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The Finest in Crime and Suspense Short Fiction
January/February 2023

Welcome to Alfred Hitchcock’s Mystery Magazine! Discover original, spine-tingling stories by top-notch authors and new writers from all corners of the mystery genre, plus news, reviews, and more… to make your blood run cold!

Dead Man’s Shoe
Floyd Sullivan

The Price
Eric Rutter

Booked & Printed
Laurel Flores Fantauzzo


The Perfect Holiday Gift
Linda Landrigan

The Story That Won
In 250 words or less…

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Print Magazine

Murder, Mayhem, Whodunit. 
AHMM’s award-winning stories delivered directly to your door!

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In any mystery, the careful deployment of clues, character, setting, and foreshadowing can be seen as the author’s fingerprints.



157 Nominations from the full breadth of mystery genres

37 Award-winning stories

Edgar, Agatha, Barry, Arthur Ellis, Robert L. Fish, Macavity, Shamus, Thriller, Anthony


Great stories of any genre are rooted in characters — well-drawn, individual, and credibly motivated…

Alfred Hitchcock’s Mystery Magazine is one of the oldest and most influential magazines of short mystery and crime fiction in the world. Launched over 60 years ago, today AHMM maintains a tradition of featuring both promising aspiring writers and talented authors, spanning the full spectrum of sub-genres from dark noir to graphic works.

Meet the Who’s Who of Alfred Hitchcock’s Mystery Magazine authors! View The Lineup of contributors in the current issue, see what motivates our writers, and much more.

Holidays and crime go well together because they offer such clear contrasts. Holidays are not only times of celebration, but also of well-ordered customs, rituals, and traditions. Against such a backdrop, the disorder and chaos of crime stand out all the more clearly—and crime’s resolution, with its restoration of order, is all the more satisfying. Our new issue features a bounty of stories adding a dark piquancy to the seasonal cheer.

The holidays regularly bring together extended families for a festive, if sometimes fraught, meal, and Steve Hockensmith captures the angst that arises when one young adult graduates to “The Grown-ups’ Table.” 

“Skeletons in the Closet”… Get the latest news, check out Editor Linda Landrigan’s blog, enjoy lively podcasts, test your mystery puzzling mettle, see if you have what it takes to be a mystery writer. It’s all here.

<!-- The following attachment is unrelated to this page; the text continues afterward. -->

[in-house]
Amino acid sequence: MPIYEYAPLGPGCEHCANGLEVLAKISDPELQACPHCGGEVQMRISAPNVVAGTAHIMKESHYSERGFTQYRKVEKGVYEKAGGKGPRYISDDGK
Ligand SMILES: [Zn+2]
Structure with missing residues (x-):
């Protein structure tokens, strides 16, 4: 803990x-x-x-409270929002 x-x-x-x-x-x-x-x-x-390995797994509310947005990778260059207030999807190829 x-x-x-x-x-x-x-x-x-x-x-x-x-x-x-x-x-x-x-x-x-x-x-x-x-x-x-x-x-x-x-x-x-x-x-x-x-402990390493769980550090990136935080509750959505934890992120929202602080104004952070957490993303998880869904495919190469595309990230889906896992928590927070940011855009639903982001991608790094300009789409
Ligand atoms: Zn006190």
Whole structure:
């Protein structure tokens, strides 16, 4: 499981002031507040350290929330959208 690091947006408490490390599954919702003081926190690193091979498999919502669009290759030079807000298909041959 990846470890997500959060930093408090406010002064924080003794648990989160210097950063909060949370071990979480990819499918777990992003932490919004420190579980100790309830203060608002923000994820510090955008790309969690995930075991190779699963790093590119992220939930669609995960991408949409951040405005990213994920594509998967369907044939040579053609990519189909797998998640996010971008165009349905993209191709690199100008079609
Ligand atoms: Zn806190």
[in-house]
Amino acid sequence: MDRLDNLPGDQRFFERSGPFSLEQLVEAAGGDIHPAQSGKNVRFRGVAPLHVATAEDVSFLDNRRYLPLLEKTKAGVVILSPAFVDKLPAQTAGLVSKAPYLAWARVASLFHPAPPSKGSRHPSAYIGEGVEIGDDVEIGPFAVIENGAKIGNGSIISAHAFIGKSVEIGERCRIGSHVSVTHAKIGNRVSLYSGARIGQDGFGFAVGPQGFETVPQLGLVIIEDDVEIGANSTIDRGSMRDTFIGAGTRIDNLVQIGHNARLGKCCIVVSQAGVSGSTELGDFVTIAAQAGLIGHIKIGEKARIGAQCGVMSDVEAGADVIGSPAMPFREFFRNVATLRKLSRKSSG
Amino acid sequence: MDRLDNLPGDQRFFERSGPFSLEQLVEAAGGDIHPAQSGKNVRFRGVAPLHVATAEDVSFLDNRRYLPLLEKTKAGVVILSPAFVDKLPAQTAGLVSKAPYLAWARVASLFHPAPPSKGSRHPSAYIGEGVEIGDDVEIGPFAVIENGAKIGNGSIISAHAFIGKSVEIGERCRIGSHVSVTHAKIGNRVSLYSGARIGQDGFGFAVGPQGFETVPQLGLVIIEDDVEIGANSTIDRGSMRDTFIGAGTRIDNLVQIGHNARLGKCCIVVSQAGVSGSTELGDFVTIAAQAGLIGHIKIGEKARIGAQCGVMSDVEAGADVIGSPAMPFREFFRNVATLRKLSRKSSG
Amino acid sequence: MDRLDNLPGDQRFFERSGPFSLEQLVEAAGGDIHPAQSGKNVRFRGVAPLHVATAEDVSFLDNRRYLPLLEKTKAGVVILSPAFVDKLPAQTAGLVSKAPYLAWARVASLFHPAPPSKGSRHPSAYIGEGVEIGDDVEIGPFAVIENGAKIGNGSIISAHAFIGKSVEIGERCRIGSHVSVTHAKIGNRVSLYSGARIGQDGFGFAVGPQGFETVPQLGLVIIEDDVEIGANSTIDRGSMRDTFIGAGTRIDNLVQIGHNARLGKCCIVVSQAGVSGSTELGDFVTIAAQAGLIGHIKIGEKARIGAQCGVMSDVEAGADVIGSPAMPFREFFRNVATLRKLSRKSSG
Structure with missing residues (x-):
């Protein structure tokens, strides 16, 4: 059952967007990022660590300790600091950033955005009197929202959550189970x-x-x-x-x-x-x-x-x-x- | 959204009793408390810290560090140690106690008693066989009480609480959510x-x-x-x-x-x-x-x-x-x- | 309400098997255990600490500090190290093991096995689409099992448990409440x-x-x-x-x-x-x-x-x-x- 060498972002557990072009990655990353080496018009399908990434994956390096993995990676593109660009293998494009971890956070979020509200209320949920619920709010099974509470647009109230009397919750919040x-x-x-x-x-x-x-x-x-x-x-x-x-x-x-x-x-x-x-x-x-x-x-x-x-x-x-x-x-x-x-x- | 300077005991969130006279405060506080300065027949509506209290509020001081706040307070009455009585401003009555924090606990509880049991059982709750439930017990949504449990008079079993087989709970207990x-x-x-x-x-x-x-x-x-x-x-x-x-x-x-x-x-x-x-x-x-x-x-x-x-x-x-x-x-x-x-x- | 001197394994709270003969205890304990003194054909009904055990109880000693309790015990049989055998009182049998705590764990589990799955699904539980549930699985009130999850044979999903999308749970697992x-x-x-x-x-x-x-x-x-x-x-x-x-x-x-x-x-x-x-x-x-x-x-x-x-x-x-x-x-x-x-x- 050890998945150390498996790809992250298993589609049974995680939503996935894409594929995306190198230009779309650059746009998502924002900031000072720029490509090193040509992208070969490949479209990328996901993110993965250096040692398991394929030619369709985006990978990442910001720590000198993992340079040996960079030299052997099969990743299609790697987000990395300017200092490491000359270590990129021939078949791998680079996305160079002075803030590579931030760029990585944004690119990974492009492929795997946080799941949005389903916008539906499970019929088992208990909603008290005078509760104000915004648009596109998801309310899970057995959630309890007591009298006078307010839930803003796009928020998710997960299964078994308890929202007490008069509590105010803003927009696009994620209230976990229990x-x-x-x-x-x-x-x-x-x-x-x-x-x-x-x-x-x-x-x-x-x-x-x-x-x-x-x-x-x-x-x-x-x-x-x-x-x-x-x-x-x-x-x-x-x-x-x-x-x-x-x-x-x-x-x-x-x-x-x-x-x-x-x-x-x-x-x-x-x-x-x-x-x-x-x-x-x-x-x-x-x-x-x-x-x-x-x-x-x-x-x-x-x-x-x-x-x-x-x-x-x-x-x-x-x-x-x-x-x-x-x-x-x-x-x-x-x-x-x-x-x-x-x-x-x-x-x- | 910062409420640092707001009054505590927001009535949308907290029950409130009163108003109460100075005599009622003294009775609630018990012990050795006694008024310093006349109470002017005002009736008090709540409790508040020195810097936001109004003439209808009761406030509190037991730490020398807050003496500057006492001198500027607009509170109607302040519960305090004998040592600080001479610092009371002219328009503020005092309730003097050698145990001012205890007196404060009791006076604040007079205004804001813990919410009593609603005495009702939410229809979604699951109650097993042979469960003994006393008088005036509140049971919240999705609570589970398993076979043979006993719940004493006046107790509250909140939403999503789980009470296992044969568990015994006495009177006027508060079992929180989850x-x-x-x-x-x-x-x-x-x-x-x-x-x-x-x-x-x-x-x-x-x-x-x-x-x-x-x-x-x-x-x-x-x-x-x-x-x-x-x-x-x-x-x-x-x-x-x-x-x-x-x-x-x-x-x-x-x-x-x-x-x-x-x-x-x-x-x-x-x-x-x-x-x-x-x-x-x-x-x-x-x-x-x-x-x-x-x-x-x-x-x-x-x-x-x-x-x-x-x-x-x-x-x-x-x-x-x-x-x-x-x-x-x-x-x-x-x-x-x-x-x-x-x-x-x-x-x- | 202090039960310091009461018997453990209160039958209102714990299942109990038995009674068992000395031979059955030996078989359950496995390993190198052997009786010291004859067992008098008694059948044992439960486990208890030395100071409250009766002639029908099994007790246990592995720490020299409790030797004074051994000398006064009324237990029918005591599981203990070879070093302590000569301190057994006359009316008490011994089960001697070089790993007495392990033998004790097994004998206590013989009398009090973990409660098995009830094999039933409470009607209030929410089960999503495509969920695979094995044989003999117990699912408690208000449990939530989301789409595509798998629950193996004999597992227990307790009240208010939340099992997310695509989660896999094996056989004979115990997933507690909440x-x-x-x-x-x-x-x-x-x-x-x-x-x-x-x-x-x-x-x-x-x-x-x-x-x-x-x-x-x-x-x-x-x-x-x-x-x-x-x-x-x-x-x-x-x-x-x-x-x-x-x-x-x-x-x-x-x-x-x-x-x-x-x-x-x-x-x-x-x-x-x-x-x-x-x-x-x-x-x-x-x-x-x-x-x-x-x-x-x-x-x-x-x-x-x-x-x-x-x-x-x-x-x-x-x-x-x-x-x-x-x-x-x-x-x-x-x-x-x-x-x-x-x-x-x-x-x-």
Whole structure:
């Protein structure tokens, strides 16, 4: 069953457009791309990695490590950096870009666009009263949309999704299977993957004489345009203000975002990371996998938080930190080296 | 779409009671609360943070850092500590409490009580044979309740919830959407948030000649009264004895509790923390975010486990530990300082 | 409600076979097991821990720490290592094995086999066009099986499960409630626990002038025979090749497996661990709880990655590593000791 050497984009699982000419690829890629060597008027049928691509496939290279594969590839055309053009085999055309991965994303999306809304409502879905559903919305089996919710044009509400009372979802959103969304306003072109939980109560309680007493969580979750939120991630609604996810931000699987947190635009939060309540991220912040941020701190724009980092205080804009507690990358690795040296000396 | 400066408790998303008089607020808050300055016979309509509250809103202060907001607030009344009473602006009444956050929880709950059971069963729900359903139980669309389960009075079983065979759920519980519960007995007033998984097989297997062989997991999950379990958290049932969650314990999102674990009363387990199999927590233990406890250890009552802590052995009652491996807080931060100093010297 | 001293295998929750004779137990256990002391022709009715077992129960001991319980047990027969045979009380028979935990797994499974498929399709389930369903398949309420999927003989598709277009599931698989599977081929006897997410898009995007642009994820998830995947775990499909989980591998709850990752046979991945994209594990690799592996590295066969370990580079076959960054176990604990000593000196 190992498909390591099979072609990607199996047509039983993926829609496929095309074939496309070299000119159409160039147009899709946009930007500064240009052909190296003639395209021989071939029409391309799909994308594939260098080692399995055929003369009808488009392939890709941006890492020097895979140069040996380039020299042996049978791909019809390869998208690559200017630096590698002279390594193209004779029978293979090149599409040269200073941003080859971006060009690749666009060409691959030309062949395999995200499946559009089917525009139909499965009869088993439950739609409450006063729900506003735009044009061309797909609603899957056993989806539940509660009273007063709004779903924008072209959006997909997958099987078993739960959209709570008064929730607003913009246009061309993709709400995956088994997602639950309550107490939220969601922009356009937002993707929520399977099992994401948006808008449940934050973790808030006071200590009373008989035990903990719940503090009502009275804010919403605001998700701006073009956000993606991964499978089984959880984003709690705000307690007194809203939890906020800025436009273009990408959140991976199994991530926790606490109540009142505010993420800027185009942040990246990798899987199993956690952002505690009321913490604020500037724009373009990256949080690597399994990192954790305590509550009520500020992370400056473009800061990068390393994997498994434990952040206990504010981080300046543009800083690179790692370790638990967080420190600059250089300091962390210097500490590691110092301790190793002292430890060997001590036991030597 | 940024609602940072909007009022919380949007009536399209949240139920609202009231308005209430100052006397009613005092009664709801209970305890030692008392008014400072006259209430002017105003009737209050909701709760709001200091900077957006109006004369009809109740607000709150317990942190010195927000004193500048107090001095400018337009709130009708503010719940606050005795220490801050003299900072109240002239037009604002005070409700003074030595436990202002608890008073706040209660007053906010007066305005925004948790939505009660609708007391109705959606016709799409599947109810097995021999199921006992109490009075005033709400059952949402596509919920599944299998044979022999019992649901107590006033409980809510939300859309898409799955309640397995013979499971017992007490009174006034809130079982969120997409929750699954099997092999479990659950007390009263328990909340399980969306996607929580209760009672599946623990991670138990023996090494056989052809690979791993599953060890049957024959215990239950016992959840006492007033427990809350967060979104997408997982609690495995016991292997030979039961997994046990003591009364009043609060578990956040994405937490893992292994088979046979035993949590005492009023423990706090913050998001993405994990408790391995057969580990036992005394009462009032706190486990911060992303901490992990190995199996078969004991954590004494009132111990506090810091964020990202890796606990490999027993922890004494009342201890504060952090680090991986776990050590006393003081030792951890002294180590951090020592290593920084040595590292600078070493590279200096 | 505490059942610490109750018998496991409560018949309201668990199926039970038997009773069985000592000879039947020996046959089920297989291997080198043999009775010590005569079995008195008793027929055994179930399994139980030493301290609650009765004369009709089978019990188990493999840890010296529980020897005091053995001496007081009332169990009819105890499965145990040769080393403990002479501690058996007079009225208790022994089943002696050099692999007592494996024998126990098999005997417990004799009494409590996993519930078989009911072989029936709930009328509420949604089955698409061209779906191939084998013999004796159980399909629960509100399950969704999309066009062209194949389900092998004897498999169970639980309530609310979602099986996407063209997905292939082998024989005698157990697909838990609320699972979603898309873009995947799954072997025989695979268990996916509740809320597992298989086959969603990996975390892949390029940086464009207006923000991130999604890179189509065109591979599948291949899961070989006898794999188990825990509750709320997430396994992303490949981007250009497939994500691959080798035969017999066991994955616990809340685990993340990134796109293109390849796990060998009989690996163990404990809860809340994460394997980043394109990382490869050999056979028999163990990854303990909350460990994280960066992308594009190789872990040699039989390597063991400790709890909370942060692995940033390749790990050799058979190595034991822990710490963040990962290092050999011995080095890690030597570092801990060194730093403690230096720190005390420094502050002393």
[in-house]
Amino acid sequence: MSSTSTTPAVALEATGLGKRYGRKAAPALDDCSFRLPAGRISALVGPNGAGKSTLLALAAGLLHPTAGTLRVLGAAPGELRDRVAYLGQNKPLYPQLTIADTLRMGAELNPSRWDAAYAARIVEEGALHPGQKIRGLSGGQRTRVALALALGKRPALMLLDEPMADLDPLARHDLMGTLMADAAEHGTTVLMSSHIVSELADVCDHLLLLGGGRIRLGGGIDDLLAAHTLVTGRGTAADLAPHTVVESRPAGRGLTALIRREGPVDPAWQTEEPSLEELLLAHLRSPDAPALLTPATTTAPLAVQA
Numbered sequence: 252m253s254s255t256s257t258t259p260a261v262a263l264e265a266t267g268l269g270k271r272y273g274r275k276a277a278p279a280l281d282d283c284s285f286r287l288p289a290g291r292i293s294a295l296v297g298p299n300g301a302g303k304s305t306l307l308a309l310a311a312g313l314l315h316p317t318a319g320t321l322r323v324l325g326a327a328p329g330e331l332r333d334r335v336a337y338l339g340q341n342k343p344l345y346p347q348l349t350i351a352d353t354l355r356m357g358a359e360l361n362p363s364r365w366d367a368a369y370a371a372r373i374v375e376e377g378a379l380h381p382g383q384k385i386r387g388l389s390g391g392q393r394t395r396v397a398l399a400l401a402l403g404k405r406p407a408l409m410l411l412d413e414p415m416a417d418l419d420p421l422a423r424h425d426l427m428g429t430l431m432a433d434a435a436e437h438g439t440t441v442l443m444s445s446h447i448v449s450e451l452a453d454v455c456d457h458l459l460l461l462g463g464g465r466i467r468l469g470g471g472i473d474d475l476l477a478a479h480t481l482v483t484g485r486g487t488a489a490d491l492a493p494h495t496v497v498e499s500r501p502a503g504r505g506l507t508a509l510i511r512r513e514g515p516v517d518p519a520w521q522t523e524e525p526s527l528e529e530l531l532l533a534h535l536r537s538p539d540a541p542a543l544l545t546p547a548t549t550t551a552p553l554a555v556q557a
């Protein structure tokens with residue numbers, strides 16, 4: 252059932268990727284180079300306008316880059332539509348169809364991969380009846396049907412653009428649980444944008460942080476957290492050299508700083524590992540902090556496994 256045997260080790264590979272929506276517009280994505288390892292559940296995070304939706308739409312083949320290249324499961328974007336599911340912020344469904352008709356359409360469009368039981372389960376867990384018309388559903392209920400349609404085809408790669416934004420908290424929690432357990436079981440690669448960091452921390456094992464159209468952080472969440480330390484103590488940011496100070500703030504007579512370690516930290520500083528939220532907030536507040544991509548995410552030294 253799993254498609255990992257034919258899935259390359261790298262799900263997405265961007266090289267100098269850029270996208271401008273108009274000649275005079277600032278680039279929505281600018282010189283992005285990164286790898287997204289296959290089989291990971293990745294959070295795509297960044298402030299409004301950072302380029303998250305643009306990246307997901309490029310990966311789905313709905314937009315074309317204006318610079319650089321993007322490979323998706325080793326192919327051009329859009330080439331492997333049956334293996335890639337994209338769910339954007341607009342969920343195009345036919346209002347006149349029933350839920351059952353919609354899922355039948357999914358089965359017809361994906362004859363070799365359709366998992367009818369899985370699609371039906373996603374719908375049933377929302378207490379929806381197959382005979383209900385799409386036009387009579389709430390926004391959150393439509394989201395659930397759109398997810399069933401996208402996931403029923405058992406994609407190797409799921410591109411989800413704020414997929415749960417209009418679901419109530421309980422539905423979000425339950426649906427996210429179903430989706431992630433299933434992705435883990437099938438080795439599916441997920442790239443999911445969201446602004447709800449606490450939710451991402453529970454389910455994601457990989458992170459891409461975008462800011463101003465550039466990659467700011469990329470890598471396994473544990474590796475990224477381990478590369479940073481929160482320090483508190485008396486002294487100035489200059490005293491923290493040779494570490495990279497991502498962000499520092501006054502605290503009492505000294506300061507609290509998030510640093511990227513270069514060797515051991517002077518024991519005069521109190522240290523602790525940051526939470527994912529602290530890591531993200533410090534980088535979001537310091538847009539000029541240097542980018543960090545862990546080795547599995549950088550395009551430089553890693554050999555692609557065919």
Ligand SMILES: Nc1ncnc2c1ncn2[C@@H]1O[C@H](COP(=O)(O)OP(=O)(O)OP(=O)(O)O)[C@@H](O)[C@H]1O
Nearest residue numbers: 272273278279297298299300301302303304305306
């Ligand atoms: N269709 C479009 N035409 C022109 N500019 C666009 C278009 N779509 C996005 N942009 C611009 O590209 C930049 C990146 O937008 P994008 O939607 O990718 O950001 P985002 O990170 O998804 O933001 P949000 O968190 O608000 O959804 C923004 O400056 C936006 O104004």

Art by Shutterstock

Dead Man’s Shoe
by Floyd Sullivan

The cottage doorbell rang at about ten thirty in the morning as I sat at the small kitchen table downloading images from my camera to my laptop. The soft, dull gong surprised me because first, I wasn’t aware that the tiny house on Keuka Lake had a bell, and second, I didn’t know anyone within hundreds of miles. That’s why I had driven over twelve hours to New York’s Finger Lakes in the first place. To be alone. Annoyed, I stood and went to the front door, letting the transfer of the large, hi-res photographs continue without my supervision.

Two men, one tall, thin, and elderly and the other young and of average height and weight, stood on the porch. They wore identical black uniform shirts with seven-point brass star badges pinned above the left pocket flaps, matching black ties that almost disappeared into their shirts, and black baseball caps with Yates Country Sheriff Department patches above the bills. The older officer’s wardrobe was crisply pressed, his tie perfectly knotted between the points of his razor sharp collar. The younger officer’s shirt hadn’t been ironed recently. READ MORE


Art by Shutterstock

The Price
by Eric Rutter

It starts when Jane says, “I’ve been thinking about turning myself in.”

I say “starts,” but this isn’t the first time she’s said that. She’s done it I don’t know how many times over the years. Usually it’s just out of the blue, like this time: We’re driving home from the farmer’s market on a Saturday morning and she just blurts it out. Her tone says she’s been thinking about it a while.

I don’t say anything, I just drive. Sometimes she drops it if I don’t respond. Other times we’ve talked it through, sometimes at length but never really seriously. Just, you know, letting her get it out of her system. But there’s that tone in her voice this time. I can tell she’s not going to drop it. So I’m not surprised when she looks over at me and says, “Ever since last year.” READ MORE

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